Read more »ght: 226px; float: left; margin: 2px;" width="170" height="226" />Branford Marsalis On Tour
The NEW BMQ in Boston doesn’t miss a beat
Publication: The Boston Globe
Author: Steve Greenlee
Though center stage belonged to one of jazz’s most heralded saxophonists, all eyes and ears were on the drummer, Justin Faulkner. After two decades with the band, Jeff “Tain’’ Watts - jazz’s most explosive drummer - left the Branford Marsalis Quartet this year to focus on his own projects. His replacement is Faulkner, an 18-year-old who is just starting his secondary education at the Berklee College of Music.
To say Faulkner acquitted himself would be a ridiculous understatement. Watts’s departure left a gaping hole in the quartet; he was the 5,000-horsepower engine that drove the train. Faulkner did not try to be Watts on Wednesday night at the Berklee Performance Center; there was none of the big, booming bombast that is Watts’s stock in trade. Instead Faulkner put one of the most electrifying, dazzling technical displays you’re ever going to see in a jazz ensemble.
He didn’t try to show off in front of his new classmates, either (and his classmates were there, for it seemed half of those in the packed auditorium were Berklee students). The young man showed a stunning maturity by holding back when he could have overpowered bassist Eric Revis and pianist Joey Calderazzo during any of their several rhythm-section showcases. Faulkner saved his aggression for the climaxes of a couple of tunes, where he and Calderazzo drove each other to the brink of chaos. The symbiosis between those two, in particular, was difficult to reconcile with the fact that Faulkner has been in the band for mere months.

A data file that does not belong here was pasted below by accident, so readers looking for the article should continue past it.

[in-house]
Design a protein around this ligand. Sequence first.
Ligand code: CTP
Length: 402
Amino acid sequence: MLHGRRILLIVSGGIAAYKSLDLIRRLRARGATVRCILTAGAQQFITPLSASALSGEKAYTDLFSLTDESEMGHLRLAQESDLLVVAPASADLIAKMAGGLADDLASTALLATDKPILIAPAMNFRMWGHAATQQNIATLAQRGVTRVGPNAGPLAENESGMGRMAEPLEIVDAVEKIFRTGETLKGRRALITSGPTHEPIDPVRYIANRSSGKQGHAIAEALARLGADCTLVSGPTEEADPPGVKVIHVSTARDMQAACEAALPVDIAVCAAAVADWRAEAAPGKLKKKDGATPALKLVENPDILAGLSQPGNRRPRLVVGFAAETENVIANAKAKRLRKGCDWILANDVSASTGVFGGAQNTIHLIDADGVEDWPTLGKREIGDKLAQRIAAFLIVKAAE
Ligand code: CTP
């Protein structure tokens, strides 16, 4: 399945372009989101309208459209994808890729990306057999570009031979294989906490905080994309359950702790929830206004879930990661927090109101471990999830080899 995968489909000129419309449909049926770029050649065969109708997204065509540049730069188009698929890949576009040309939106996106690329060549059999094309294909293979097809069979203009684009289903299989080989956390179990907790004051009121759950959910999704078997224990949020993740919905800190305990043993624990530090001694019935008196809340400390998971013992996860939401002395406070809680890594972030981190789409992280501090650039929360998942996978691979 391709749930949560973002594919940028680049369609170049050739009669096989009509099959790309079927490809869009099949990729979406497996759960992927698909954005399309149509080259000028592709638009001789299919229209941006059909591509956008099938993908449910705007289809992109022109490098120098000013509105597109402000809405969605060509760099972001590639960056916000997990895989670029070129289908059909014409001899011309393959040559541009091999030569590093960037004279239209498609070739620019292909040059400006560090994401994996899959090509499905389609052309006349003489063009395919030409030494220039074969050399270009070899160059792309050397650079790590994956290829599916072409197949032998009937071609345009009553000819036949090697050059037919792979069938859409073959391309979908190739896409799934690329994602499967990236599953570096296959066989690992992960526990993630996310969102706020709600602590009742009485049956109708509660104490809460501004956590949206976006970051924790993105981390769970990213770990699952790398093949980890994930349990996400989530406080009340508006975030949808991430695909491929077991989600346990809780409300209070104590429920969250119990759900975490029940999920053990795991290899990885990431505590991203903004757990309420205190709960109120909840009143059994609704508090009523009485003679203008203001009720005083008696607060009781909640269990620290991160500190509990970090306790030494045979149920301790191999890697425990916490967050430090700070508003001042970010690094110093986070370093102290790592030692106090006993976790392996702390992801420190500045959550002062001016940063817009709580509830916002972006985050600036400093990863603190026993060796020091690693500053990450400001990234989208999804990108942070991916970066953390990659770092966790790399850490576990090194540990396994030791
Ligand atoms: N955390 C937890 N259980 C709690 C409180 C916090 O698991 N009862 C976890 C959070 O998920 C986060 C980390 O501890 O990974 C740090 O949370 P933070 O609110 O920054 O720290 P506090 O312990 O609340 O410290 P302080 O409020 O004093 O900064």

Pieces developed slowly and deliberately - the concert, which lasted nearly two hours, featured just eight tunes, and one of them was a bass solo. It wasn’t all hyperactivity, either. Calderazzo’s achingly beautiful ballad “The Blossom of Parting’’ contained minimalist, ruminative passages - a duet between piano and soprano sax to begin, an impressionistic piano solo in the middle. But the heart of the show was a bold take of the bebop chestnut “52nd Street Theme,’’ a tune Marsalis (playing the tenor with abandonment here) claimed the quartet had never played before. That was hard to believe. Either that, or bands ought to workshop new tunes right on stage more often.
One of the more delightful moments arrived at the encore, when the band retook the stage and an audience member shouted “The Peacocks!’’ in an attempt to get the quartet to play that Jimmie Rowles song. Marsalis declared that the band didn’t know the tune, but they proceeded to play 16 bars of it before segueing into the ballad “Hope.’’ It fit perfectly.